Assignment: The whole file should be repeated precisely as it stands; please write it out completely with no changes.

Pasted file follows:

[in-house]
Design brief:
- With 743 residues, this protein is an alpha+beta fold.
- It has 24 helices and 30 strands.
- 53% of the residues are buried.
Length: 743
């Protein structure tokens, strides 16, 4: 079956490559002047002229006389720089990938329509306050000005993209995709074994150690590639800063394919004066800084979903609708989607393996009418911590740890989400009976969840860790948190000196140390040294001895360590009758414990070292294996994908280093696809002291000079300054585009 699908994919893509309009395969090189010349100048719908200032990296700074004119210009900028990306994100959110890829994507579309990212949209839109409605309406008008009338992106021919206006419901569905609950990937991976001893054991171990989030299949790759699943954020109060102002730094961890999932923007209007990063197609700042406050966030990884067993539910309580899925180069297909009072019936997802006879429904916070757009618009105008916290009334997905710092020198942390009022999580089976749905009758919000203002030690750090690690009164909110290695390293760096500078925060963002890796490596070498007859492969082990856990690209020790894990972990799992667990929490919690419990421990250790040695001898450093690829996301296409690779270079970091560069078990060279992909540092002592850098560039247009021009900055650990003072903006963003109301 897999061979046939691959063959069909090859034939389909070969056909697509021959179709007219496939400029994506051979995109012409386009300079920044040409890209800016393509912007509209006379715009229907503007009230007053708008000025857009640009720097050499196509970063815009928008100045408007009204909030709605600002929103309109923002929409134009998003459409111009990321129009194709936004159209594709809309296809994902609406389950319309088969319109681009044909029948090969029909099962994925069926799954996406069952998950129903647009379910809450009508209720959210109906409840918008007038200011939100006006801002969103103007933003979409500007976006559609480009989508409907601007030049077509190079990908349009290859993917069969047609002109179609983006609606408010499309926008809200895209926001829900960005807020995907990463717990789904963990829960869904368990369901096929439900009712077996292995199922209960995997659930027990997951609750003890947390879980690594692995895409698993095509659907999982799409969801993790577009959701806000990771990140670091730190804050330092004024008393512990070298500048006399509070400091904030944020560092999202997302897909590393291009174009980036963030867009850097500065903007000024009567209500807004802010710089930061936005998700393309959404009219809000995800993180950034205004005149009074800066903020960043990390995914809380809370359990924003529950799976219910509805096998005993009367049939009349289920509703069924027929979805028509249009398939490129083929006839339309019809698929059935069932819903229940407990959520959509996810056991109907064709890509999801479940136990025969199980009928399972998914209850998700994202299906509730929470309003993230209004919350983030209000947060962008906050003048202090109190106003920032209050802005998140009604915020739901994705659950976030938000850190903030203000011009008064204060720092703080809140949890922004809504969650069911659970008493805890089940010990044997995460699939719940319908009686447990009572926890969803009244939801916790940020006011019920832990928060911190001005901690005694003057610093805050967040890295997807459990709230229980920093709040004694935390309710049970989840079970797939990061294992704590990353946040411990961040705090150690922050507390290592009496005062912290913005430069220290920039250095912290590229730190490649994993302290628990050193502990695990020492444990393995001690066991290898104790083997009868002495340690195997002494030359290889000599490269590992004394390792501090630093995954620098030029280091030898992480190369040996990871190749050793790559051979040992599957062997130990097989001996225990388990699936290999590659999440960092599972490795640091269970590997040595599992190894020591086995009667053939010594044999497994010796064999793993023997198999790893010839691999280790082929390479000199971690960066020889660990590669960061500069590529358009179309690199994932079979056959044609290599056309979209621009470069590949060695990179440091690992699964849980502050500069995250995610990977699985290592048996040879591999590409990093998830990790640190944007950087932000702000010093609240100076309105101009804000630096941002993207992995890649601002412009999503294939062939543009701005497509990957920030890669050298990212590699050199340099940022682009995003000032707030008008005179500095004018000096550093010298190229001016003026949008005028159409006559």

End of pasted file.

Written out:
[in-house]
Design brief:
- With 743 residues, this protein is an alpha+beta fold.
- It has 24 helices and 30 strands.
- 53% of the residues are buried.
Length: 743
């Protein structure tokens, strides 16, 4: 079956490559002047002229006389720089990938329509306050000005993209995709074994150690590639800063394919004066800084979903609708989607393996009418911590740890989400009976969840860790948190000196140390040294001895360590009758414990070292294996994908280093696809002291000079300054585009 699908994919893509309009395969090189010349100048719908200032990296700074004119210009900028990306994100959110890829994507579309990212949209839109409605309406008008009338992106021919206006419901569905609950990937991976001893054991171990989030299949790759699943954020109060102002730094961890999932923007209007990063197609700042406050966030990884067993539910309580899925180069297909009072019936997802006879429904916070757009618009105008916290009334997905710092020198942390009022999580089976749905009758919000203002030690750090690690009164909110290695390293760096500078925060963002890796490596070498007859492969082990856990690209020790894990972990799992667990929490919690419990421990250790040695001898450093690829996301296409690779270079970091560069078990060279992909540092002592850098560039247009021009900055650990003072903006963003109301 897999061979046939691959063959069909090859034939389909070969056909697509021959179709007219496939400029994506051979995109012409386009300079920044040409890209800016393509912007509209006379715009229907503007009230007053708008000025857009640009720097050499196509970063815009928008100045408007009204909030709605600002929103309109923002929409134009998003459409111009990321129009194709936004159209594709809309296809994902609406389950319309088969319109681009044909029948090969029909099962994925069926799954996406069952998950129903647009379910809450009508209720959210109906409840918008007038200011939100006006801002969103103007933003979409500007976006559609480009989508409907601007030049077509190079990908349009290859993917069969047609002109179609983006609606408010499309926008809200895209926001829900960005807020995907990463717990789904963990829960869904368990369901096929439900009712077996292995199922209960995997659930027990997951609750003890947390879980690594692995895409698993095509659907999982799409969801993790577009959701806000990771990140670091730190804050330092004024008393512990070298500048006399509070400091904030944020560092999202997302897909590393291009174009980036963030867009850097500065903007000024009567209500807004802010710089930061936005998700393309959404009219809000995800993180950034205004005149009074800066903020960043990390995914809380809370359990924003529950799976219910509805096998005993009367049939009349289920509703069924027929979805028509249009398939490129083929006839339309019809698929059935069932819903229940407990959520959509996810056991109907064709890509999801479940136990025969199980009928399972998914209850998700994202299906509730929470309003993230209004919350983030209000947060962008906050003048202090109190106003920032209050802005998140009604915020739901994705659950976030938000850190903030203000011009008064204060720092703080809140949890922004809504969650069911659970008493805890089940010990044997995460699939719940319908009686447990009572926890969803009244939801916790940020006011019920832990928060911190001005901690005694003057610093805050967040890295997807459990709230229980920093709040004694935390309710049970989840079970797939990061294992704590990353946040411990961040705090150690922050507390290592009496005062912290913005430069220290920039250095912290590229730190490649994993302290628990050193502990695990020492444990393995001690066991290898104790083997009868002495340690195997002494030359290889000599490269590992004394390792501090630093995954620098030029280091030898992480190369040996990871190749050793790559051979040992599957062997130990097989001996225990388990699936290999590659999440960092599972490795640091269970590997040595599992190894020591086995009667053939010594044999497994010796064999793993023997198999790893010839691999280790082929390479000199971690960066020889660990590669960061500069590529358009179309690199994932079979056959044609290599056309979209621009470069590949060695990179440091690992699964849980502050500069995250995610990977699985290592048996040879591999590409990093998830990790640190944007950087932000702000010093609240100076309105101009804000630096941002993207992995890649601002412009999503294939062939543009701005497509990957920030890669050298990212590699050199340099940022682009995003000032707030008008005179500095004018000096550093010298190229001016003026949008005028159409006559």